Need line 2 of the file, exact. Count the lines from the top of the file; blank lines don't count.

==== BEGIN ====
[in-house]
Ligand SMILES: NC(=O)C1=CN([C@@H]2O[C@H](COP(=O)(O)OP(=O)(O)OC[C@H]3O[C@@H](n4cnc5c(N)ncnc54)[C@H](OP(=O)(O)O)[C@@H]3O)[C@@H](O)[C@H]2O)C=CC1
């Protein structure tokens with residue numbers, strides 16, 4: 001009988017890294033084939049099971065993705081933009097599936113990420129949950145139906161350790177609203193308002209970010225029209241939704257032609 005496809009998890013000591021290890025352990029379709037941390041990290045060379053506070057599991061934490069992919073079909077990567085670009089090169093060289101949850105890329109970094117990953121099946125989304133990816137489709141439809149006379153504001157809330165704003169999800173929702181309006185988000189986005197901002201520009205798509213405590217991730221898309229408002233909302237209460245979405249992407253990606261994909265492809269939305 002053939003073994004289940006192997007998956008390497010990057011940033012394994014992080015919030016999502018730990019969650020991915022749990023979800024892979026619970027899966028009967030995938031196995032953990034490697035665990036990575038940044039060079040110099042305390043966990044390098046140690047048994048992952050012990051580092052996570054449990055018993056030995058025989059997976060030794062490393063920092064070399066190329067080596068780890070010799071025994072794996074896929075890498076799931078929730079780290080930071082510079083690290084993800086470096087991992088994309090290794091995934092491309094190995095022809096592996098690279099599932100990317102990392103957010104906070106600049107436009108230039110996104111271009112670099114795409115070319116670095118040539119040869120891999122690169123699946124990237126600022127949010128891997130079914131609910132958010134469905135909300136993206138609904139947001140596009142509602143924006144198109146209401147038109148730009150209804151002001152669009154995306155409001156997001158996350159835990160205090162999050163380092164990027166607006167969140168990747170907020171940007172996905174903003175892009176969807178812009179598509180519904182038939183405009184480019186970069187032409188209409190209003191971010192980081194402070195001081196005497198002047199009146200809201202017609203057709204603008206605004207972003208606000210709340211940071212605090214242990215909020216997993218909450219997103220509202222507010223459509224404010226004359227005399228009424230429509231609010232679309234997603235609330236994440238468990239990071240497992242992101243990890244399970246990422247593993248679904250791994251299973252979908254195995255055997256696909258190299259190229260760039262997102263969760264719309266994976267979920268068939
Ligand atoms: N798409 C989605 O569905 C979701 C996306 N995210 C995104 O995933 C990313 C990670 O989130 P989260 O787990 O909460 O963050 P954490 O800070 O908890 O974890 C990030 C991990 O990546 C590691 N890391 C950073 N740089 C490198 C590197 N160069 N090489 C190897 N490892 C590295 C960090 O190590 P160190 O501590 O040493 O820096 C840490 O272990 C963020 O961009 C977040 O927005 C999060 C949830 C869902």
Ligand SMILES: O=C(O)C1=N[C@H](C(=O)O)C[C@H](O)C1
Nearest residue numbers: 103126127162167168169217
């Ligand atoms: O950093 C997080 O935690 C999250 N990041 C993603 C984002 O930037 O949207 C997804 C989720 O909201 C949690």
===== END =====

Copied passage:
Ligand SMILES: NC(=O)C1=CN([C@@H]2O[C@H](COP(=O)(O)OP(=O)(O)OC[C@H]3O[C@@H](n4cnc5c(N)ncnc54)[C@H](OP(=O)(O)O)[C@@H]3O)[C@@H](O)[C@H]2O)C=CC1